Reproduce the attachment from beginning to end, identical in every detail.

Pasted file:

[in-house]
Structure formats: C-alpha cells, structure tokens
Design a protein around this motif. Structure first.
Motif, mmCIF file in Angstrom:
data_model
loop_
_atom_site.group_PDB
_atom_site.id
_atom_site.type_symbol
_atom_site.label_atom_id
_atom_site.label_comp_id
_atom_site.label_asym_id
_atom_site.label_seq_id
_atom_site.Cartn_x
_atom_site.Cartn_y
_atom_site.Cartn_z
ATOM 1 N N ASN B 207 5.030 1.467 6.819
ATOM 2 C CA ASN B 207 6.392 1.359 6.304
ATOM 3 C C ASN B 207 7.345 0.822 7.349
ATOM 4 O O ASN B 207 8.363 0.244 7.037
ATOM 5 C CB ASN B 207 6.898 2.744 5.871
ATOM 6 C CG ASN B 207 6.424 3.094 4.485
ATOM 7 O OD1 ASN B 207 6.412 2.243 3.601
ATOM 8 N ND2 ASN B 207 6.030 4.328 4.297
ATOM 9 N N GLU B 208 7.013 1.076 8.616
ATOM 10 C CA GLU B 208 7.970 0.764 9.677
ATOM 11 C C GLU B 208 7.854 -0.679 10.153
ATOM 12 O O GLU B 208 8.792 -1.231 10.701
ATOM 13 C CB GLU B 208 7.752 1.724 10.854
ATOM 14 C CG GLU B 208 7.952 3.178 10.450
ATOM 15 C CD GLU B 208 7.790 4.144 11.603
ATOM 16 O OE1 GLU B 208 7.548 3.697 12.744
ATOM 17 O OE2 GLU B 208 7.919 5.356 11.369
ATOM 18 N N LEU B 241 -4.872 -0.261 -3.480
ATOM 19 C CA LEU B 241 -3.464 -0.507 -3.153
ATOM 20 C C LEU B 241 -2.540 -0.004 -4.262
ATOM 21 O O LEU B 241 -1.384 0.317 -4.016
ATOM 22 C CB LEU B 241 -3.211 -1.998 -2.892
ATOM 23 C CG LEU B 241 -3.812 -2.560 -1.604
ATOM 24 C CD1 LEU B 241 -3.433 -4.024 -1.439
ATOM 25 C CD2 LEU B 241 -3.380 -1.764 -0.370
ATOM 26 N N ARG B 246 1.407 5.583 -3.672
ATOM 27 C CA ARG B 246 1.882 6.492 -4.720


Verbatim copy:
[in-house]
Structure formats: C-alpha cells, structure tokens
Design a protein around this motif. Structure first.
Motif, mmCIF file in Angstrom:
data_model
loop_
_atom_site.group_PDB
_atom_site.id
_atom_site.type_symbol
_atom_site.label_atom_id
_atom_site.label_comp_id
_atom_site.label_asym_id
_atom_site.label_seq_id
_atom_site.Cartn_x
_atom_site.Cartn_y
_atom_site.Cartn_z
ATOM 1 N N ASN B 207 5.030 1.467 6.819
ATOM 2 C CA ASN B 207 6.392 1.359 6.304
ATOM 3 C C ASN B 207 7.345 0.822 7.349
ATOM 4 O O ASN B 207 8.363 0.244 7.037
ATOM 5 C CB ASN B 207 6.898 2.744 5.871
ATOM 6 C CG ASN B 207 6.424 3.094 4.485
ATOM 7 O OD1 ASN B 207 6.412 2.243 3.601
ATOM 8 N ND2 ASN B 207 6.030 4.328 4.297
ATOM 9 N N GLU B 208 7.013 1.076 8.616
ATOM 10 C CA GLU B 208 7.970 0.764 9.677
ATOM 11 C C GLU B 208 7.854 -0.679 10.153
ATOM 12 O O GLU B 208 8.792 -1.231 10.701
ATOM 13 C CB GLU B 208 7.752 1.724 10.854
ATOM 14 C CG GLU B 208 7.952 3.178 10.450
ATOM 15 C CD GLU B 208 7.790 4.144 11.603
ATOM 16 O OE1 GLU B 208 7.548 3.697 12.744
ATOM 17 O OE2 GLU B 208 7.919 5.356 11.369
ATOM 18 N N LEU B 241 -4.872 -0.261 -3.480
ATOM 19 C CA LEU B 241 -3.464 -0.507 -3.153
ATOM 20 C C LEU B 241 -2.540 -0.004 -4.262
ATOM 21 O O LEU B 241 -1.384 0.317 -4.016
ATOM 22 C CB LEU B 241 -3.211 -1.998 -2.892
ATOM 23 C CG LEU B 241 -3.812 -2.560 -1.604
ATOM 24 C CD1 LEU B 241 -3.433 -4.024 -1.439
ATOM 25 C CD2 LEU B 241 -3.380 -1.764 -0.370
ATOM 26 N N ARG B 246 1.407 5.583 -3.672
ATOM 27 C CA ARG B 246 1.882 6.492 -4.720